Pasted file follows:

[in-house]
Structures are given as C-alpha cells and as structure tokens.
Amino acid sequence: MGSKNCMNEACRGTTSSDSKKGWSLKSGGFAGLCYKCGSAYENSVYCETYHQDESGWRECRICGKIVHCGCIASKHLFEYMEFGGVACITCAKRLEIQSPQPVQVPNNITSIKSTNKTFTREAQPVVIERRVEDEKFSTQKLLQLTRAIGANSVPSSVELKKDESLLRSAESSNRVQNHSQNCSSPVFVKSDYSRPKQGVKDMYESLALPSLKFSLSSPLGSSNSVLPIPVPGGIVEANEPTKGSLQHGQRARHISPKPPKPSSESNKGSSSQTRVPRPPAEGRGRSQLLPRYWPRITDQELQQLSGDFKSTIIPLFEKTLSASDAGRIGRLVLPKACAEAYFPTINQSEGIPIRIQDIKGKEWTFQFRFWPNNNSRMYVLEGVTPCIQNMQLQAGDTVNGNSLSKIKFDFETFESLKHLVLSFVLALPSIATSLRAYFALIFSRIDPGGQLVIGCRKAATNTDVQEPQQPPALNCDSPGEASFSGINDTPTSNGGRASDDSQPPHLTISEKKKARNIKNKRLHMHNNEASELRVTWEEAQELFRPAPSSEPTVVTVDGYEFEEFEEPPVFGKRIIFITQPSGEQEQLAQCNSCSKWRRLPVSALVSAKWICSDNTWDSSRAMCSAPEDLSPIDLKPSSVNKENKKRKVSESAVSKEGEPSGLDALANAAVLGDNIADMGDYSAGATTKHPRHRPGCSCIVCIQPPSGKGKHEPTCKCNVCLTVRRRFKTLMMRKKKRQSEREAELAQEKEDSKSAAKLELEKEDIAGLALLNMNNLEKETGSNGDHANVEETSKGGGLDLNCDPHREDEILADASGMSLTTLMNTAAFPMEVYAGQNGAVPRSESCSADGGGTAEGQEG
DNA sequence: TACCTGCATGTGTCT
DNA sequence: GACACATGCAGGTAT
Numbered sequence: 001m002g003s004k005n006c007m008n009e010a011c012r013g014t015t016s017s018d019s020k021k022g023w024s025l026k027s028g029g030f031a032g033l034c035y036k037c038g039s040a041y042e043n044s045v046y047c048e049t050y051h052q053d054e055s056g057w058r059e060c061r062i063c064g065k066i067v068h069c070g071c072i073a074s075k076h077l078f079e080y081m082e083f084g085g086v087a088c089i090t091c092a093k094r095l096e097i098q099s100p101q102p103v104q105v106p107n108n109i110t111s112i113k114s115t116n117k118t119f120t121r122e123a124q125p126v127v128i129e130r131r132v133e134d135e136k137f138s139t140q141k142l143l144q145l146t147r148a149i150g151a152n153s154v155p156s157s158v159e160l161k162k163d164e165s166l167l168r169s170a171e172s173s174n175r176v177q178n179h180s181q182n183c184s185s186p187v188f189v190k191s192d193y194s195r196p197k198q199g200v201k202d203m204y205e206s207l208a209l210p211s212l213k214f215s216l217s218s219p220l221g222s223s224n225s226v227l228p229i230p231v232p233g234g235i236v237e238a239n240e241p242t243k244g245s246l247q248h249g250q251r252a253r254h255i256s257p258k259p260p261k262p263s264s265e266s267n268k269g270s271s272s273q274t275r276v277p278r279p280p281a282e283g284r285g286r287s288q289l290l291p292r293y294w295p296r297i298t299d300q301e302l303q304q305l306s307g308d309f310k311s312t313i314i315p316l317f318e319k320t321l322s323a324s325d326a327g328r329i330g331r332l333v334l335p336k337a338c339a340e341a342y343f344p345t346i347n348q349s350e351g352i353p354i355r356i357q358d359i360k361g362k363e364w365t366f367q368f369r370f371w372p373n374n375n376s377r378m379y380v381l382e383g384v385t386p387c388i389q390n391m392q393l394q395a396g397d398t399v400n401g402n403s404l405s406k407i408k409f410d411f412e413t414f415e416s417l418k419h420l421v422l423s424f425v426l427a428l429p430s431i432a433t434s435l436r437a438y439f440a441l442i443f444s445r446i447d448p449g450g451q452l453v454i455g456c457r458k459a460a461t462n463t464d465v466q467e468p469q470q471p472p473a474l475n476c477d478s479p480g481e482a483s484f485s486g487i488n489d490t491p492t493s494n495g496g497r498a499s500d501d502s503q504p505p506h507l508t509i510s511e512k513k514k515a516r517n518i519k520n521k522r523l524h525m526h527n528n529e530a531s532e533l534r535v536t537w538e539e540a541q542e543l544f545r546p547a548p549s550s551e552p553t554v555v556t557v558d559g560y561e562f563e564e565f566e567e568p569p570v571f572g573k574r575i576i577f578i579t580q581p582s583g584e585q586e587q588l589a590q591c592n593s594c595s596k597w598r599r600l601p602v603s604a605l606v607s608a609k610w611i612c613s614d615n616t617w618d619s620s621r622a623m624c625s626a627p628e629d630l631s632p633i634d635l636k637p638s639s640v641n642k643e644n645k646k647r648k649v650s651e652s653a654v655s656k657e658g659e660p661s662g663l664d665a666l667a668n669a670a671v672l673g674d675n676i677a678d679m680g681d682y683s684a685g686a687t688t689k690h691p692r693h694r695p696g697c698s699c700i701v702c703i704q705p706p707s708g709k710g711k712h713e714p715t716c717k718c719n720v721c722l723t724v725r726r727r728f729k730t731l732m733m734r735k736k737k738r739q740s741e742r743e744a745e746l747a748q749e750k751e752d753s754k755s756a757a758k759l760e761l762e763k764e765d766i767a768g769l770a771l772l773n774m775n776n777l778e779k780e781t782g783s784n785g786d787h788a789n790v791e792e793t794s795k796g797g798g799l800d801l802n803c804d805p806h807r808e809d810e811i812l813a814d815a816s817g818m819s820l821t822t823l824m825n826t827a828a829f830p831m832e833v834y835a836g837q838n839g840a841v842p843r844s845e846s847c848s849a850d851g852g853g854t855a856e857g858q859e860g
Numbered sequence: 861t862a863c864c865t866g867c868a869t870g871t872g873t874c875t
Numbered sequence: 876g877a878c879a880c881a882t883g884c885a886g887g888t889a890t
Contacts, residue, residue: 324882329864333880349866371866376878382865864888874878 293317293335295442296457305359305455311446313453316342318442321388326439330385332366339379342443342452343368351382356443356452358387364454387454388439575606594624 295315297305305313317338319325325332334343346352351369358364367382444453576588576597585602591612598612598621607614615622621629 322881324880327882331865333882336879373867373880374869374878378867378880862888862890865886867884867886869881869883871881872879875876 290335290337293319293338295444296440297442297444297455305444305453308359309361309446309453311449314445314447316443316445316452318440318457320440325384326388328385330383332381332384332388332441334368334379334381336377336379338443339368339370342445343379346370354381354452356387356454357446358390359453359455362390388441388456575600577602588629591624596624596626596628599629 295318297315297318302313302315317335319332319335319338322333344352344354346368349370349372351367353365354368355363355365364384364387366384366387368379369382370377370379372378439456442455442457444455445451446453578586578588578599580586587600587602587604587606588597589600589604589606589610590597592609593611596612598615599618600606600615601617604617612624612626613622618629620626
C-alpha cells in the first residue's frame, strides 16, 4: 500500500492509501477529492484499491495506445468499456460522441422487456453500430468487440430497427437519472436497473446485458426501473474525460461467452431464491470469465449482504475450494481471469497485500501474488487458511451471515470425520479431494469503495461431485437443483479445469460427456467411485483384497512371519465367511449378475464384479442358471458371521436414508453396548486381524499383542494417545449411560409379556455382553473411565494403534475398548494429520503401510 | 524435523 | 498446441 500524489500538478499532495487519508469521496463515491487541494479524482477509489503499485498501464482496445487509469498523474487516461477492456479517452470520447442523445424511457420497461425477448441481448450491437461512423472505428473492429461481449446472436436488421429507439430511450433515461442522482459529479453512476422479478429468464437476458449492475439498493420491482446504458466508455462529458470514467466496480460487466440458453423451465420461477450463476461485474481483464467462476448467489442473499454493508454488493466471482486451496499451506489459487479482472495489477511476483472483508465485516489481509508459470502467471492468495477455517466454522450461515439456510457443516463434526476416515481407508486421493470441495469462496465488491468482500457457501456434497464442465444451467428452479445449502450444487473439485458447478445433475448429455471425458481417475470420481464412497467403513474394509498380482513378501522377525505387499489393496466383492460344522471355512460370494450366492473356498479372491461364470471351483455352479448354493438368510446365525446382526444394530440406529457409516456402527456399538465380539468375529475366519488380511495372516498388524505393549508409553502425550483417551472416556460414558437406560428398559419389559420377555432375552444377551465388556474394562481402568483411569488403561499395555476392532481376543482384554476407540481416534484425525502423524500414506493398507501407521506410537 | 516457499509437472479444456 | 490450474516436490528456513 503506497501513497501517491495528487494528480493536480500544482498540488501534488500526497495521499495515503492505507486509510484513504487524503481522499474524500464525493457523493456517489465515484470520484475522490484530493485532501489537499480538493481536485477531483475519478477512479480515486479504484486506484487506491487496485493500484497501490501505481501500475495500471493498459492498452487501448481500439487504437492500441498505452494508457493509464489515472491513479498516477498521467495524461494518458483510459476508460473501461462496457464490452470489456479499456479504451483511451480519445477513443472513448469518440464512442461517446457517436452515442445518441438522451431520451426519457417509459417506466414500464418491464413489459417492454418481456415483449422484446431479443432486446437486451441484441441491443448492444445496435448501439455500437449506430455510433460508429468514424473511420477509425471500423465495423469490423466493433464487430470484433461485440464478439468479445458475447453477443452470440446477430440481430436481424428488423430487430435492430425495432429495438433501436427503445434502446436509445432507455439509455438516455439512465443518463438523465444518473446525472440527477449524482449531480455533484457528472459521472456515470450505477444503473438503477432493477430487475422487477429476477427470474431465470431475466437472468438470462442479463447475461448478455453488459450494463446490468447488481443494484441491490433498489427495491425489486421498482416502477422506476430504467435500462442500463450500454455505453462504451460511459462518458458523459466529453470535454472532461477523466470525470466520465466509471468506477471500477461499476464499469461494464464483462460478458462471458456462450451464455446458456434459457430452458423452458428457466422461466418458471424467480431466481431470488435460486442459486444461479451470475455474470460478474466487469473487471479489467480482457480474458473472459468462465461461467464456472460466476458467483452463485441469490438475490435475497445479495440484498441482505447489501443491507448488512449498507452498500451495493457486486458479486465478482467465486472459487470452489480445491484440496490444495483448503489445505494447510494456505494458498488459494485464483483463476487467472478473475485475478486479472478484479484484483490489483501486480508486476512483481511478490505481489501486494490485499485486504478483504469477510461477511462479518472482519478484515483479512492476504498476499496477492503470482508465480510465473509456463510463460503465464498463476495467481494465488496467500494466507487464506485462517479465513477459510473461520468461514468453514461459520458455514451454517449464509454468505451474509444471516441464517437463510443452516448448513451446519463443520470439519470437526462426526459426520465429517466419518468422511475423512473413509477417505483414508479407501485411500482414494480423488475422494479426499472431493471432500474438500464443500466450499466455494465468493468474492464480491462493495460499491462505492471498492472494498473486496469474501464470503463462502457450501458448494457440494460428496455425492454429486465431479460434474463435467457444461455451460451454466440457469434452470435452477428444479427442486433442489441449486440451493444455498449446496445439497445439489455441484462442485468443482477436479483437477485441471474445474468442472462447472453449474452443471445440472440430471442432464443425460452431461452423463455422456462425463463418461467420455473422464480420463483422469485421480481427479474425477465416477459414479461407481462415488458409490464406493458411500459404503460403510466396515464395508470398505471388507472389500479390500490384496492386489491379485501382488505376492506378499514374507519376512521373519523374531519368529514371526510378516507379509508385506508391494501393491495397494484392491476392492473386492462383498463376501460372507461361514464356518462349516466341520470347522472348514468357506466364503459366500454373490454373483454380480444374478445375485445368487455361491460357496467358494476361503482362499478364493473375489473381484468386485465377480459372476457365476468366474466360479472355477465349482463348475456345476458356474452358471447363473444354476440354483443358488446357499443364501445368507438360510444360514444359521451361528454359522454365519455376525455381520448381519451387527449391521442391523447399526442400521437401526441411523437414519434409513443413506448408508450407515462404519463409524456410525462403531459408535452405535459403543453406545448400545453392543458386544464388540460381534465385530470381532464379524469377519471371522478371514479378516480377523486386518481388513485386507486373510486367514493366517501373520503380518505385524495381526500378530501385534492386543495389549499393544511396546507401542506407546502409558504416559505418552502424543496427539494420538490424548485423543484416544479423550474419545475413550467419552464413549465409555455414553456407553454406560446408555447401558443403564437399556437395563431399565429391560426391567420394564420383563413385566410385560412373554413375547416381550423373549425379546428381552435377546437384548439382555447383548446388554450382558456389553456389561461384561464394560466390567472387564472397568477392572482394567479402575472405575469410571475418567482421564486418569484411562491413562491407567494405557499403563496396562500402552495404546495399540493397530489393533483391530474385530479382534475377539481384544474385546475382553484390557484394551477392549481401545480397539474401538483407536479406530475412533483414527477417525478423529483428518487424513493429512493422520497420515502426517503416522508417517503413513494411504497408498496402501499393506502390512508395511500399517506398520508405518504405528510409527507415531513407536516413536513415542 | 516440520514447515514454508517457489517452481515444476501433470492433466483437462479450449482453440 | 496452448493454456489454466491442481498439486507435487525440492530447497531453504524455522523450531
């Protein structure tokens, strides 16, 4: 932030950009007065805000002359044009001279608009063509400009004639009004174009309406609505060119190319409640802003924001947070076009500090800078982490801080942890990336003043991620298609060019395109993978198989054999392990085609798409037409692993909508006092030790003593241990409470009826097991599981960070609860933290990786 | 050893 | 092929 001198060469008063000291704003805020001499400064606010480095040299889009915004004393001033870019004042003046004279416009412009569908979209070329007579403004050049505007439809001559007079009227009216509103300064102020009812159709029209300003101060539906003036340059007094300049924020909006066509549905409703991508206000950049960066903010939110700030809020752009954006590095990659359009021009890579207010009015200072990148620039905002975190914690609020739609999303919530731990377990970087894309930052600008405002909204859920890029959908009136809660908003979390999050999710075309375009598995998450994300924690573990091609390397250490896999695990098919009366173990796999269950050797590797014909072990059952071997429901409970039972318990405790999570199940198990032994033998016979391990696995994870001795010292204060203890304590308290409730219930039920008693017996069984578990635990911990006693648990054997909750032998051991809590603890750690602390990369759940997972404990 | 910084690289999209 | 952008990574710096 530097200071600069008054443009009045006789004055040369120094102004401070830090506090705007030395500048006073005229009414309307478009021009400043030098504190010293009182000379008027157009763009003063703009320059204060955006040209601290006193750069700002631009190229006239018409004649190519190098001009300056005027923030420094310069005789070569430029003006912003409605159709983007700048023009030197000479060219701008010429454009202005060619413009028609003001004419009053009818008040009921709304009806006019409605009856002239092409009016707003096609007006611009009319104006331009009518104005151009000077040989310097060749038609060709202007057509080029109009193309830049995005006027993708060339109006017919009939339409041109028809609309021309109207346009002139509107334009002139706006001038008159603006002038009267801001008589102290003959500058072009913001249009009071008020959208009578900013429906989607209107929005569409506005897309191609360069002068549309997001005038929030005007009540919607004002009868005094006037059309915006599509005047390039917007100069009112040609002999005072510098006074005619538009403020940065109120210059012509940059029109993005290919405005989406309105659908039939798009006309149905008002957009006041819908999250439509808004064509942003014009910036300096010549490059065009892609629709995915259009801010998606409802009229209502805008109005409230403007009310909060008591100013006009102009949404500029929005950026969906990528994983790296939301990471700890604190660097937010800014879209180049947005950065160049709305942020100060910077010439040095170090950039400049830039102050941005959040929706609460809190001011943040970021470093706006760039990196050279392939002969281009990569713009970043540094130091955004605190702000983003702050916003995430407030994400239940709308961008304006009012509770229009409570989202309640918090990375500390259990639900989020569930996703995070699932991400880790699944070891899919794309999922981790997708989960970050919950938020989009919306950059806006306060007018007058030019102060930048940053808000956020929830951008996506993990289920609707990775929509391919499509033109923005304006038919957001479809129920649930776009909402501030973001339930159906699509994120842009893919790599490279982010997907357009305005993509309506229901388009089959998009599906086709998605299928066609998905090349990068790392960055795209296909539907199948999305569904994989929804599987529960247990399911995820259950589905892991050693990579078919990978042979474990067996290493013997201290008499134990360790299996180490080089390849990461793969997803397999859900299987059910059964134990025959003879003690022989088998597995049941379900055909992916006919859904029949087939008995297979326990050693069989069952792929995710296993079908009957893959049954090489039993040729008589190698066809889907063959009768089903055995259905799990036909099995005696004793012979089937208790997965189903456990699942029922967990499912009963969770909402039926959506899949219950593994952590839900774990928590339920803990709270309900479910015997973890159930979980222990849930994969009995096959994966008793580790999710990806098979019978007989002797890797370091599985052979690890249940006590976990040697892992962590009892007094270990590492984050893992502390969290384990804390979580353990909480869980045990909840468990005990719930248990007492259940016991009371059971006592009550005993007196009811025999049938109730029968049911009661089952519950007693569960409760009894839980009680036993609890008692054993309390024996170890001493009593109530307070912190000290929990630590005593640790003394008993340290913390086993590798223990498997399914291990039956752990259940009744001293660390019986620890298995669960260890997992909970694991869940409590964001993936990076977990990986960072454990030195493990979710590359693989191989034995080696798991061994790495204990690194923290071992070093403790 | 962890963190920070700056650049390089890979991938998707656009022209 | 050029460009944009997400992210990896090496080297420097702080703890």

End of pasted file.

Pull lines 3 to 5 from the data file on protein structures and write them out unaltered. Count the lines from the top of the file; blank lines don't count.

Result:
Amino acid sequence: MGSKNCMNEACRGTTSSDSKKGWSLKSGGFAGLCYKCGSAYENSVYCETYHQDESGWRECRICGKIVHCGCIASKHLFEYMEFGGVACITCAKRLEIQSPQPVQVPNNITSIKSTNKTFTREAQPVVIERRVEDEKFSTQKLLQLTRAIGANSVPSSVELKKDESLLRSAESSNRVQNHSQNCSSPVFVKSDYSRPKQGVKDMYESLALPSLKFSLSSPLGSSNSVLPIPVPGGIVEANEPTKGSLQHGQRARHISPKPPKPSSESNKGSSSQTRVPRPPAEGRGRSQLLPRYWPRITDQELQQLSGDFKSTIIPLFEKTLSASDAGRIGRLVLPKACAEAYFPTINQSEGIPIRIQDIKGKEWTFQFRFWPNNNSRMYVLEGVTPCIQNMQLQAGDTVNGNSLSKIKFDFETFESLKHLVLSFVLALPSIATSLRAYFALIFSRIDPGGQLVIGCRKAATNTDVQEPQQPPALNCDSPGEASFSGINDTPTSNGGRASDDSQPPHLTISEKKKARNIKNKRLHMHNNEASELRVTWEEAQELFRPAPSSEPTVVTVDGYEFEEFEEPPVFGKRIIFITQPSGEQEQLAQCNSCSKWRRLPVSALVSAKWICSDNTWDSSRAMCSAPEDLSPIDLKPSSVNKENKKRKVSESAVSKEGEPSGLDALANAAVLGDNIADMGDYSAGATTKHPRHRPGCSCIVCIQPPSGKGKHEPTCKCNVCLTVRRRFKTLMMRKKKRQSEREAELAQEKEDSKSAAKLELEKEDIAGLALLNMNNLEKETGSNGDHANVEETSKGGGLDLNCDPHREDEILADASGMSLTTLMNTAAFPMEVYAGQNGAVPRSESCSADGGGTAEGQEG
DNA sequence: TACCTGCATGTGTCT
DNA sequence: GACACATGCAGGTAT